Thursday, August 14, 2014

Happiness and Simplicity (Addenda to Last Week's Blog)

Last week I wrote a blog article about the documentary "Tiny" and how the subjects of the film had found happiness by simplifying their lives. Since writing that blog post, I've continued to mull over the themes and ideas in the movie. And as I've continued thinking about these things, it just so happens that I've stumbled across a couple of related nuggets on the interwebs this week.

One of the inevitable questions that arises from pondering the happiness of living in what is roughly the size of a walk-in closet is "What is happiness, anyway?" I mean, this is something we all strive for and we are bombarded with advice throughout our lives about how to earn it or buy it or make it or find it, but what is happiness in the first place? Is it a state of being? An action? Is it even reasonable to believe it should be our default emotion?

An article shared by a pastor friend on facebook this week suggests we may have our assumptions about happiness all wrong. The article, titled "5 Scientific Reasons Your Idea of Happiness is Wrong," from can be found here. (Yes, I realize that isn't exactly a reputable news source, but, hey... internet.) Knowing your time is precious and attention is short (at least if you're like me), here's the Cliff's Notes version of the article: 1) for most of human history, it was assumed that happiness is like luck, meaning it just happened or it didn't, 2) you physically cannot feel happy for very long, and 3) having lots of possessions, having lots of choices, and making personal happiness a major goal in life all tend to decrease happiness.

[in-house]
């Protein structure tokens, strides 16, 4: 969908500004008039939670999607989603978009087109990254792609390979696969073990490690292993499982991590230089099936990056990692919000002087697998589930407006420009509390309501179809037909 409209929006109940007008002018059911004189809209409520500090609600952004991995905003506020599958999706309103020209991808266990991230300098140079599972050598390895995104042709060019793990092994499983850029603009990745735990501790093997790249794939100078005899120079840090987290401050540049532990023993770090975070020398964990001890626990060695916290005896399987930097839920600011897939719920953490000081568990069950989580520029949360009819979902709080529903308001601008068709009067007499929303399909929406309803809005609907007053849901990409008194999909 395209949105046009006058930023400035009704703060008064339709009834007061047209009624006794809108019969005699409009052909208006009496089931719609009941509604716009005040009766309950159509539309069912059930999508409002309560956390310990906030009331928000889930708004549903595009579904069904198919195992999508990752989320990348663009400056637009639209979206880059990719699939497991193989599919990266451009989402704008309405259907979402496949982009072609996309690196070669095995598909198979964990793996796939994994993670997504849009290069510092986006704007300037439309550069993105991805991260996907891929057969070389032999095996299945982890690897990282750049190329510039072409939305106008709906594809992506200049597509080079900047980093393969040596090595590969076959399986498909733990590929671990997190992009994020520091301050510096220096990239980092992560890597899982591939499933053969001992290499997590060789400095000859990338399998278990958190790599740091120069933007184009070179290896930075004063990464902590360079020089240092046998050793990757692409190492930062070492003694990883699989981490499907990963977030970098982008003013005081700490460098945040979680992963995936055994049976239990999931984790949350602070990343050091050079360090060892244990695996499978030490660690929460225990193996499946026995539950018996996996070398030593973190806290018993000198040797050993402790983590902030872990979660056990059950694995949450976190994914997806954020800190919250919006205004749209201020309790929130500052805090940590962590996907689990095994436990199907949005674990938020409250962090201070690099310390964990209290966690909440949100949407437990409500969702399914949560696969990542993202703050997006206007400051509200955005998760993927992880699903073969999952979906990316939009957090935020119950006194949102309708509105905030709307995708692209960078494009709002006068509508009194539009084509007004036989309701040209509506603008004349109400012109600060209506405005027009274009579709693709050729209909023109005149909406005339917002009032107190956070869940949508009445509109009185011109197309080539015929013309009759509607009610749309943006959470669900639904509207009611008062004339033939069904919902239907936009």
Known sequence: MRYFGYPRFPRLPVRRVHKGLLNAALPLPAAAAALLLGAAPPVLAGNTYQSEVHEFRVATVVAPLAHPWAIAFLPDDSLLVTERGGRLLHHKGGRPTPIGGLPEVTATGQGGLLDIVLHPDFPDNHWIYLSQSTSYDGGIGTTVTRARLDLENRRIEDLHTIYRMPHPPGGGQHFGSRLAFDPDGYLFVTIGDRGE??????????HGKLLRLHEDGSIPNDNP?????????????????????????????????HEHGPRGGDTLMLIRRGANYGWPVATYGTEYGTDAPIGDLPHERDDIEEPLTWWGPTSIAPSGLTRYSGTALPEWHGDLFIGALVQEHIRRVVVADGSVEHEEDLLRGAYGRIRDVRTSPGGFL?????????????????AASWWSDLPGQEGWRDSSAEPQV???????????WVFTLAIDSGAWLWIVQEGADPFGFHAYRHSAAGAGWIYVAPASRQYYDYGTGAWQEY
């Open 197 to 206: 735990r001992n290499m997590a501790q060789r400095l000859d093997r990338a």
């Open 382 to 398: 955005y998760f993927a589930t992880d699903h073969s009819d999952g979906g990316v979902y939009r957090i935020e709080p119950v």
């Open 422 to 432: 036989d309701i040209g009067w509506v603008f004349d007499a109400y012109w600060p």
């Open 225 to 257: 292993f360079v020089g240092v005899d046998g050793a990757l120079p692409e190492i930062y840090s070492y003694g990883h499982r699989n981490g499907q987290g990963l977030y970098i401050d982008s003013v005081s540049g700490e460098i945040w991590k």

The article's scientific advice for being happy? "[S]top worrying about being happy and instead divert your energy to nurturing the social bonds you have with other people." So stop thinking about myself and work at loving others? Why does that sound familiar? (All this reminded me of this great 10-minute TED talk by Michael Norton on "How to Buy Happiness." Hint: you can't spend it on yourself.)

The second nugget I found this week was a posting by a facebook friend who is decluttering her life through an online activity. There is a group on facebook that is challenging people to simplify their lives by going through closets and drawers and recycling, giving away, or throwing out at least one thing every day. There was a game element to it (something like electronics on Fridays or 12 things on the 12th), but I can't seem to find the official page anymore. I'm going to contact my friend for the name and I'll post it in the comments. (Or if anyone else knows what it is, please do the same.) It seemed like a happy coincidence to find that just days after writing my last blog article.

As for me, I haven't jumped whole hog onto the tiny house or trash something everyday band wagon yet, but I did take the initiative over the weekend to clean out my tupperware cabinet of mismatched or broken things. That felt like a big accomplishment and now I feel happy every time I open that cabinet. At least for a moment.

"Clap along if you know what happiness is to you." -Pharrell Williams, "Happy"

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